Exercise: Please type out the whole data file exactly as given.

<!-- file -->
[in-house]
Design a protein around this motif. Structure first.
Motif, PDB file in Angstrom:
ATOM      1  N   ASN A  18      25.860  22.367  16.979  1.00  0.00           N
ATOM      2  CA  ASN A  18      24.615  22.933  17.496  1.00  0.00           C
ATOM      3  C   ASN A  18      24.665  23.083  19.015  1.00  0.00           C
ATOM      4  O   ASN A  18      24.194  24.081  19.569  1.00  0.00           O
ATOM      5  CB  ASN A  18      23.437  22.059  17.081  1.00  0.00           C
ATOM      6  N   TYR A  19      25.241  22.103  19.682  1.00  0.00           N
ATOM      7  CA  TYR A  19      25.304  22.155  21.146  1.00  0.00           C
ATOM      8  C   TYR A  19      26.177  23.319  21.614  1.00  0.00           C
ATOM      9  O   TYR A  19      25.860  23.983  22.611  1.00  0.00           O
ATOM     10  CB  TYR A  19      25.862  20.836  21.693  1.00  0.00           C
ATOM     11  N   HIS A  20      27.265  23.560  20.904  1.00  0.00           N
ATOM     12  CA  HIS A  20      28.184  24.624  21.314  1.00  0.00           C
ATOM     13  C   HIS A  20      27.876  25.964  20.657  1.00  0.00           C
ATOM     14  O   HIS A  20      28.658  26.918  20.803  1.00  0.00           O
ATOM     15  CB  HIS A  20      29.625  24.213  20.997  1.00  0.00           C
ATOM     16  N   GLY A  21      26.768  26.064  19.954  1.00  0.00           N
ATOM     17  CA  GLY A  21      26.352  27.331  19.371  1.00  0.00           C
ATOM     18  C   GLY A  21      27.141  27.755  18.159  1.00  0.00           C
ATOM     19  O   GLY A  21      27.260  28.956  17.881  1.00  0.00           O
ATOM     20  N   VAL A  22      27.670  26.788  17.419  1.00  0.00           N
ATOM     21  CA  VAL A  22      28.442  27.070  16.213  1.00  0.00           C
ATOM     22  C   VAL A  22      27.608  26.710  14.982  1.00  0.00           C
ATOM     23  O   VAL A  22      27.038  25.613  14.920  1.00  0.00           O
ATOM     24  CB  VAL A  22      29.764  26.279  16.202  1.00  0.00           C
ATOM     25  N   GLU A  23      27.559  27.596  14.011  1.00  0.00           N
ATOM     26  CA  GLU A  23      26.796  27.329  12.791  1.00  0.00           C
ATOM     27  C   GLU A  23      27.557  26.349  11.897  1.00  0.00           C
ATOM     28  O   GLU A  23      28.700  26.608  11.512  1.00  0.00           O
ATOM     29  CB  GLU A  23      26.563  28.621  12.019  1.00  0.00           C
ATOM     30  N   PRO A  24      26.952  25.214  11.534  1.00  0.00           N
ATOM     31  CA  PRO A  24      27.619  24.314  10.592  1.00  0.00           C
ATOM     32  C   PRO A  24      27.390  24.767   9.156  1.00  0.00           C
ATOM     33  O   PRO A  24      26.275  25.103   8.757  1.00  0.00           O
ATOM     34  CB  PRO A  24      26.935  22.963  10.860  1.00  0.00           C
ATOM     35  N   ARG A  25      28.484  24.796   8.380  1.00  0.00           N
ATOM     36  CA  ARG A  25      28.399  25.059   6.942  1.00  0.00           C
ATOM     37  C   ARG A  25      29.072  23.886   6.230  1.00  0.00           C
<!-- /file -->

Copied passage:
[in-house]
Design a protein around this motif. Structure first.
Motif, PDB file in Angstrom:
ATOM      1  N   ASN A  18      25.860  22.367  16.979  1.00  0.00           N
ATOM      2  CA  ASN A  18      24.615  22.933  17.496  1.00  0.00           C
ATOM      3  C   ASN A  18      24.665  23.083  19.015  1.00  0.00           C
ATOM      4  O   ASN A  18      24.194  24.081  19.569  1.00  0.00           O
ATOM      5  CB  ASN A  18      23.437  22.059  17.081  1.00  0.00           C
ATOM      6  N   TYR A  19      25.241  22.103  19.682  1.00  0.00           N
ATOM      7  CA  TYR A  19      25.304  22.155  21.146  1.00  0.00           C
ATOM      8  C   TYR A  19      26.177  23.319  21.614  1.00  0.00           C
ATOM      9  O   TYR A  19      25.860  23.983  22.611  1.00  0.00           O
ATOM     10  CB  TYR A  19      25.862  20.836  21.693  1.00  0.00           C
ATOM     11  N   HIS A  20      27.265  23.560  20.904  1.00  0.00           N
ATOM     12  CA  HIS A  20      28.184  24.624  21.314  1.00  0.00           C
ATOM     13  C   HIS A  20      27.876  25.964  20.657  1.00  0.00           C
ATOM     14  O   HIS A  20      28.658  26.918  20.803  1.00  0.00           O
ATOM     15  CB  HIS A  20      29.625  24.213  20.997  1.00  0.00           C
ATOM     16  N   GLY A  21      26.768  26.064  19.954  1.00  0.00           N
ATOM     17  CA  GLY A  21      26.352  27.331  19.371  1.00  0.00           C
ATOM     18  C   GLY A  21      27.141  27.755  18.159  1.00  0.00           C
ATOM     19  O   GLY A  21      27.260  28.956  17.881  1.00  0.00           O
ATOM     20  N   VAL A  22      27.670  26.788  17.419  1.00  0.00           N
ATOM     21  CA  VAL A  22      28.442  27.070  16.213  1.00  0.00           C
ATOM     22  C   VAL A  22      27.608  26.710  14.982  1.00  0.00           C
ATOM     23  O   VAL A  22      27.038  25.613  14.920  1.00  0.00           O
ATOM     24  CB  VAL A  22      29.764  26.279  16.202  1.00  0.00           C
ATOM     25  N   GLU A  23      27.559  27.596  14.011  1.00  0.00           N
ATOM     26  CA  GLU A  23      26.796  27.329  12.791  1.00  0.00           C
ATOM     27  C   GLU A  23      27.557  26.349  11.897  1.00  0.00           C
ATOM     28  O   GLU A  23      28.700  26.608  11.512  1.00  0.00           O
ATOM     29  CB  GLU A  23      26.563  28.621  12.019  1.00  0.00           C
ATOM     30  N   PRO A  24      26.952  25.214  11.534  1.00  0.00           N
ATOM     31  CA  PRO A  24      27.619  24.314  10.592  1.00  0.00           C
ATOM     32  C   PRO A  24      27.390  24.767   9.156  1.00  0.00           C
ATOM     33  O   PRO A  24      26.275  25.103   8.757  1.00  0.00           O
ATOM     34  CB  PRO A  24      26.935  22.963  10.860  1.00  0.00           C
ATOM     35  N   ARG A  25      28.484  24.796   8.380  1.00  0.00           N
ATOM     36  CA  ARG A  25      28.399  25.059   6.942  1.00  0.00           C
ATOM     37  C   ARG A  25      29.072  23.886   6.230  1.00  0.00           C